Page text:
The U.S. Department of Health and Human Services (HHS) has decided to reduce the recommended amount of fluoride in drinking water.
The reason for the change? A rise in instances of dental fluorosis: White spots on teeth caused by too much fluoride.
The government began adding fluoride to the public water systems in an effort to combat tooth decay. Since 1962, the optimal concentration of fluoride in water has been 0.7 to 1.2 mg per liter. The HHS will be reducing optimal concentration to 0.7 mg per liter of water, according to Time.com.
“While additional sources of fluoride are more widely used than they were in 1962, the need for community water fluoridation still continues,” U.S. Deputy Surgeon General Rear Admiral Boris D. Lushniak, M.D., M.P.H. said in a statement. “Community water fluoridation continues to reduce tooth decay in children and adults beyond that provided by using only toothpaste and other fluoride-containing products.”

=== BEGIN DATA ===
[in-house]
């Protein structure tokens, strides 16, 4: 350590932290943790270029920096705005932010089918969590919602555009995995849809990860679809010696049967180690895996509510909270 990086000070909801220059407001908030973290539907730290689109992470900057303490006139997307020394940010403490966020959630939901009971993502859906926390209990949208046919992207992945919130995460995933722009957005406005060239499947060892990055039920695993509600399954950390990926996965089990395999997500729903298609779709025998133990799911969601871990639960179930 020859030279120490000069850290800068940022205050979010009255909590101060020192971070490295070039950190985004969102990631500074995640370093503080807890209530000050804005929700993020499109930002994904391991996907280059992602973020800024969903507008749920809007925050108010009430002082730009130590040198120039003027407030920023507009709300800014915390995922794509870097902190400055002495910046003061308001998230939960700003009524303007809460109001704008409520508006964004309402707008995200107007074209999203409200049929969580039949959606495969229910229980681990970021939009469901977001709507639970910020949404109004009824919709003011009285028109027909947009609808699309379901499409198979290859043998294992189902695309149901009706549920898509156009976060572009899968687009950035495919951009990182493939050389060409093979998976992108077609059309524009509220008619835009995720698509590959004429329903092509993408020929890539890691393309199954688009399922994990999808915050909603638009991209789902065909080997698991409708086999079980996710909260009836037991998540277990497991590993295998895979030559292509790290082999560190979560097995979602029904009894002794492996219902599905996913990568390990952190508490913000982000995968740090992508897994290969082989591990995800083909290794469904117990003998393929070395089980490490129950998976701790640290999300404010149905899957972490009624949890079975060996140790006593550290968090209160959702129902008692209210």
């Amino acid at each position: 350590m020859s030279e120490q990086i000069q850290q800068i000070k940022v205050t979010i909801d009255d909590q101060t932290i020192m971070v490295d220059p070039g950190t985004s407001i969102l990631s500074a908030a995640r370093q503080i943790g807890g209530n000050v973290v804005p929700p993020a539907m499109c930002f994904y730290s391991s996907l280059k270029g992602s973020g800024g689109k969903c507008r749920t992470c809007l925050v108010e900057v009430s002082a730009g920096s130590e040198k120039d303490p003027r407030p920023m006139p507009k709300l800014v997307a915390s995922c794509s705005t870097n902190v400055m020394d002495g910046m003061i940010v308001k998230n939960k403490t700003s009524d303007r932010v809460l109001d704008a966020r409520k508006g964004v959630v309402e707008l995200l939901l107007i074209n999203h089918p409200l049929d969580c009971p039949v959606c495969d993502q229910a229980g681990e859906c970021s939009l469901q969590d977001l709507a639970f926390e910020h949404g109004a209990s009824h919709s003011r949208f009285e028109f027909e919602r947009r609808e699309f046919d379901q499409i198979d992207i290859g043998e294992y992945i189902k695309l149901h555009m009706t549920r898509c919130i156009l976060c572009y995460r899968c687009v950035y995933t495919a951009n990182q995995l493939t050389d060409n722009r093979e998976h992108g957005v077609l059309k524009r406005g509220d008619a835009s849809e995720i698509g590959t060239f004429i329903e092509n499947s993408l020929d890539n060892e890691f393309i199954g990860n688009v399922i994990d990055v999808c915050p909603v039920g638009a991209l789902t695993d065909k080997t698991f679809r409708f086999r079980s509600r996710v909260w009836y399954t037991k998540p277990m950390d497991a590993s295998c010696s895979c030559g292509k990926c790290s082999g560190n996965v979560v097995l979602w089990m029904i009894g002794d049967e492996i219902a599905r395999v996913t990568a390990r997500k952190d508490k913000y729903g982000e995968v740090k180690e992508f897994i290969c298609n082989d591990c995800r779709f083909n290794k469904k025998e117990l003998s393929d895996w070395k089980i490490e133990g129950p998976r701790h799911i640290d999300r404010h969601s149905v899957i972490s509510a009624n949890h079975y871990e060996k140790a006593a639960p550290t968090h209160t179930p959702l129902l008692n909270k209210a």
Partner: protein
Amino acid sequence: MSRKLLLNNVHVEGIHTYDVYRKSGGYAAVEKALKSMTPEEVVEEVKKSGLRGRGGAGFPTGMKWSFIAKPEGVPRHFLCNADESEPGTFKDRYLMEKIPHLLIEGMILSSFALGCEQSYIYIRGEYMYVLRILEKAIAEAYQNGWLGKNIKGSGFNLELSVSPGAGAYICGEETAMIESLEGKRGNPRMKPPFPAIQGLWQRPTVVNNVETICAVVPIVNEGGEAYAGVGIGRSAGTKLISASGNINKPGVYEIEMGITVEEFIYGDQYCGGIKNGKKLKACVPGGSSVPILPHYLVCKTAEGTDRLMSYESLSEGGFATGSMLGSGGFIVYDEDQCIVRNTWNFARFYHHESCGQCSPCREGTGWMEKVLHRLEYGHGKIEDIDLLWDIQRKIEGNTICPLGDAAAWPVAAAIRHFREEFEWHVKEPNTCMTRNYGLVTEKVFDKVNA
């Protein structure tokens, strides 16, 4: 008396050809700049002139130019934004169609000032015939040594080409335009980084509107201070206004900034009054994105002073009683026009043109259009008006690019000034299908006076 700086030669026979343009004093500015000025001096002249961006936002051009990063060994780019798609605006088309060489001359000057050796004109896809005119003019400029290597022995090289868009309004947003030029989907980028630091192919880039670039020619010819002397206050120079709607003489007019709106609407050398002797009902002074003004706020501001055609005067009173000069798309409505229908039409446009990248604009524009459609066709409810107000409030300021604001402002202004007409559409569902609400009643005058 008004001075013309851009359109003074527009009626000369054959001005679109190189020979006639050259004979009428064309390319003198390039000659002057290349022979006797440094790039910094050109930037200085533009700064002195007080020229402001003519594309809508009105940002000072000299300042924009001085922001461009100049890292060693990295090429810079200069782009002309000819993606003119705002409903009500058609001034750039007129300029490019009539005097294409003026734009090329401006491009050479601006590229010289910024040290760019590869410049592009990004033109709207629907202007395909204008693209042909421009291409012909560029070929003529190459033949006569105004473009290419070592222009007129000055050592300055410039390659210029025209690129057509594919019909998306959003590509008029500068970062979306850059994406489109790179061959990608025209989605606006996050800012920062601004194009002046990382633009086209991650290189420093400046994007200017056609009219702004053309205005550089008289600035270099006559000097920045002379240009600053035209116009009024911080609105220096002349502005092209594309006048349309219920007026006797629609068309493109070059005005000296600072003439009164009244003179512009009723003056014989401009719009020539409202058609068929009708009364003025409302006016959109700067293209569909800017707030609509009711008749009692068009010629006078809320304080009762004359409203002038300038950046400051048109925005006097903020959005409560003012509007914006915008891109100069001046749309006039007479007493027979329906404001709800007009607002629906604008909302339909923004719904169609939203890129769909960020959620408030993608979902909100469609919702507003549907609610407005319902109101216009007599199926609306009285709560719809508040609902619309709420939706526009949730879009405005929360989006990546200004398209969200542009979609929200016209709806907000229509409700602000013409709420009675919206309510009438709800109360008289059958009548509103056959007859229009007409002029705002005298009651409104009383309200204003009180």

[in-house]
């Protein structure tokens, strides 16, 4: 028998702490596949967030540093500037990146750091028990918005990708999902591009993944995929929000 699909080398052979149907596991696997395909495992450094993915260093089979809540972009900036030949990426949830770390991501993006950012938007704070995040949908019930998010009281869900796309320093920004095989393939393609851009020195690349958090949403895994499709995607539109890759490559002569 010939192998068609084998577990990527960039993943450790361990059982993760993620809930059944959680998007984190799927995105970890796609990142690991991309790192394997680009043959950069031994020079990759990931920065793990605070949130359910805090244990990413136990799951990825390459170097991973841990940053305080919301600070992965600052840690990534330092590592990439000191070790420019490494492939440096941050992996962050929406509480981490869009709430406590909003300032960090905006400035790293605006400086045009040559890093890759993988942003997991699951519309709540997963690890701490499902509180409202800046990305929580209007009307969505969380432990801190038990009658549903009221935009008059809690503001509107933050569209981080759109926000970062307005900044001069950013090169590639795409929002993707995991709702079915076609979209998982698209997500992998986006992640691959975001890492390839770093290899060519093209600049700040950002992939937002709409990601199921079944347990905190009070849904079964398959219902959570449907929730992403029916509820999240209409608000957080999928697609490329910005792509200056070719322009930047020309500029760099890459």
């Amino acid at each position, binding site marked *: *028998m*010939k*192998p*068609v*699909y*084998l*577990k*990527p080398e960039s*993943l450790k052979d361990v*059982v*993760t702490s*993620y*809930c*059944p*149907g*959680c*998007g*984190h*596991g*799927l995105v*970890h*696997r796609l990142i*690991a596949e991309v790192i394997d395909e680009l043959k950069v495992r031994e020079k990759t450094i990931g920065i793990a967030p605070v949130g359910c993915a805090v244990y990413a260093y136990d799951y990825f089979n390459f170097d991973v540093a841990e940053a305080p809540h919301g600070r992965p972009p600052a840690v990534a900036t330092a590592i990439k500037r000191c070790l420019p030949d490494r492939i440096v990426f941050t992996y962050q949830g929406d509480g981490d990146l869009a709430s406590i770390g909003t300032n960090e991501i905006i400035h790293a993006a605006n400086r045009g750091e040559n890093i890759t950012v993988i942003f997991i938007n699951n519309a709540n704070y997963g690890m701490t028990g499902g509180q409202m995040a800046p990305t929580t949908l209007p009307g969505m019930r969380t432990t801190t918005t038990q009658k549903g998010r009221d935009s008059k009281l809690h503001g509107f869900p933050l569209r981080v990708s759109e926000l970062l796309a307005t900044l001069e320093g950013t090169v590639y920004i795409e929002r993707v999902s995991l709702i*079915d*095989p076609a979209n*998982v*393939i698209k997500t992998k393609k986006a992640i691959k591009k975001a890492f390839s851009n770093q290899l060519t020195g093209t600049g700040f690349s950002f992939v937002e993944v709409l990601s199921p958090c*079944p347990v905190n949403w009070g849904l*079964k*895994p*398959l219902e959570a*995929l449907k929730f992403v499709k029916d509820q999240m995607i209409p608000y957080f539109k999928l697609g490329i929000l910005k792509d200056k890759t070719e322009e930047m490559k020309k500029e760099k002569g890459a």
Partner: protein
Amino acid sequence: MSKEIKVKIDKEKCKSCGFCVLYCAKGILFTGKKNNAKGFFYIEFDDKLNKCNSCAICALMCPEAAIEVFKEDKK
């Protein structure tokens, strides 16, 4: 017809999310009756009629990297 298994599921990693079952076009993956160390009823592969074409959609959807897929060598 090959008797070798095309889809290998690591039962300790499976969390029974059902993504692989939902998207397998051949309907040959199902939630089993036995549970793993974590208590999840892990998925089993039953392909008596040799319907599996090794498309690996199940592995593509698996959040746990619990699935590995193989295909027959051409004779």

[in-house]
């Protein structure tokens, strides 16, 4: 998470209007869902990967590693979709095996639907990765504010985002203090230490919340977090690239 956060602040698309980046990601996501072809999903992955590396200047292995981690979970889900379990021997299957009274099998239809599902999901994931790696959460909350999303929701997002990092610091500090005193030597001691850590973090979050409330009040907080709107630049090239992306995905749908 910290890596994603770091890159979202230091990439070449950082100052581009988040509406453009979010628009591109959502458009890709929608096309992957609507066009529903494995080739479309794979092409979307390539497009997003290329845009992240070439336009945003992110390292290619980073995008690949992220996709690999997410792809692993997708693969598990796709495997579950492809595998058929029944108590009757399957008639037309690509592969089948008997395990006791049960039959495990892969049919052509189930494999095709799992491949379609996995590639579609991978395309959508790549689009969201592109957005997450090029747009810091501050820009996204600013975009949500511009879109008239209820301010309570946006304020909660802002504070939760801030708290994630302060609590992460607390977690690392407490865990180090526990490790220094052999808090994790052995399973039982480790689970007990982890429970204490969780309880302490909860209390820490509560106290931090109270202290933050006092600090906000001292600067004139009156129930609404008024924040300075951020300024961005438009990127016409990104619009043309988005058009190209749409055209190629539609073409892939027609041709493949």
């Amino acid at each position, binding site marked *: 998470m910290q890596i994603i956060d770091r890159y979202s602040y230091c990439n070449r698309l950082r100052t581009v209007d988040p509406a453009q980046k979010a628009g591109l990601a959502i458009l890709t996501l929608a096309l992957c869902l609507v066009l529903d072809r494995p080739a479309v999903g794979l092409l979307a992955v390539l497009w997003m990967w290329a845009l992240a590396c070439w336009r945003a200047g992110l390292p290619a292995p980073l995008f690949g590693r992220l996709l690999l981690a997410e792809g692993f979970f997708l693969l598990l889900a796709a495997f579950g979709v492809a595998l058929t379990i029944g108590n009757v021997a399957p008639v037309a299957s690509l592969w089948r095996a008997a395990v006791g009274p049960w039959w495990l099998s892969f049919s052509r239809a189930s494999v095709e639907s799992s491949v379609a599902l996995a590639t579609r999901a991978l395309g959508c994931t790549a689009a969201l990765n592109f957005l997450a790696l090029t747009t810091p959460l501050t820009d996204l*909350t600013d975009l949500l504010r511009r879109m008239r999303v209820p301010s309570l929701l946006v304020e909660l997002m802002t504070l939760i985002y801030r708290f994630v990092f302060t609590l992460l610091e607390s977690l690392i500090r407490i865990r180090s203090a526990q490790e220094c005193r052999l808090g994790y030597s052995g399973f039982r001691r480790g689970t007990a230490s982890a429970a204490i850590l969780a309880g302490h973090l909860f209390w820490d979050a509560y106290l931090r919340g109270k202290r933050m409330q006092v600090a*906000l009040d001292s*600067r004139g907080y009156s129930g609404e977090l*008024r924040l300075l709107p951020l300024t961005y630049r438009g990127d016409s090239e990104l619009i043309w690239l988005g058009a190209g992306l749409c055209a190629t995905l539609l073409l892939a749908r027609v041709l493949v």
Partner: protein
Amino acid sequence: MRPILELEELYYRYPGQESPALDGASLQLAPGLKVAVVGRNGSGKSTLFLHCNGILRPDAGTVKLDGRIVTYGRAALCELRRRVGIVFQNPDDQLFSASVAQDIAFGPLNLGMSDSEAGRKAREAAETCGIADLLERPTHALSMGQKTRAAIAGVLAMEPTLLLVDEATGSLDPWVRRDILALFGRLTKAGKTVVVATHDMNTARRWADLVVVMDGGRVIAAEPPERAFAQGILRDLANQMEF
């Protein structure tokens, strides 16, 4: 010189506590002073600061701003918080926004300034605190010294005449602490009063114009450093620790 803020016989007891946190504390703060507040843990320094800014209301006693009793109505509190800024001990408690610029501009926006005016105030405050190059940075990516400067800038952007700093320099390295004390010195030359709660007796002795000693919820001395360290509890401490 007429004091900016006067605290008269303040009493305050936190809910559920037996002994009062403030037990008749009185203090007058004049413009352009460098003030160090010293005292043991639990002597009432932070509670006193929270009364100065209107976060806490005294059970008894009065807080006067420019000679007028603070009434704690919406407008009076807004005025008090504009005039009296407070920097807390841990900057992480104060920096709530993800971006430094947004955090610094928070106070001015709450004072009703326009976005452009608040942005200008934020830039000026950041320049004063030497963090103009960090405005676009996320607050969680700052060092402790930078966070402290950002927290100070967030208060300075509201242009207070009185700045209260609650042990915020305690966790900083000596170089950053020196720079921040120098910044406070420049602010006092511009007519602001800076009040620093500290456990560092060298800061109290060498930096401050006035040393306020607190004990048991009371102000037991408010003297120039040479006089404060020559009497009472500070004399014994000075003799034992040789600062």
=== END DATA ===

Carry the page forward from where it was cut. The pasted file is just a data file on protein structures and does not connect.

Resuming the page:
From the Organic Authority Files
For the past 70 years, communities across the United States have found that fluoride in their public water systems significantly improved their residents’ oral health. Fluoride occurs naturally in most water systems, but often at levels too low to prevent tooth decay. The practice of adding fluoride to a community’s water system to reach the optimal level for preventing tooth decay has grown steadily over the years.
The Centers for Disease Control and Prevention calls the addition of fluoride in water “one of the greatest achievements in public health in the 20th century.” This is the first change to recommended fluoride concentrations in over 50 years.
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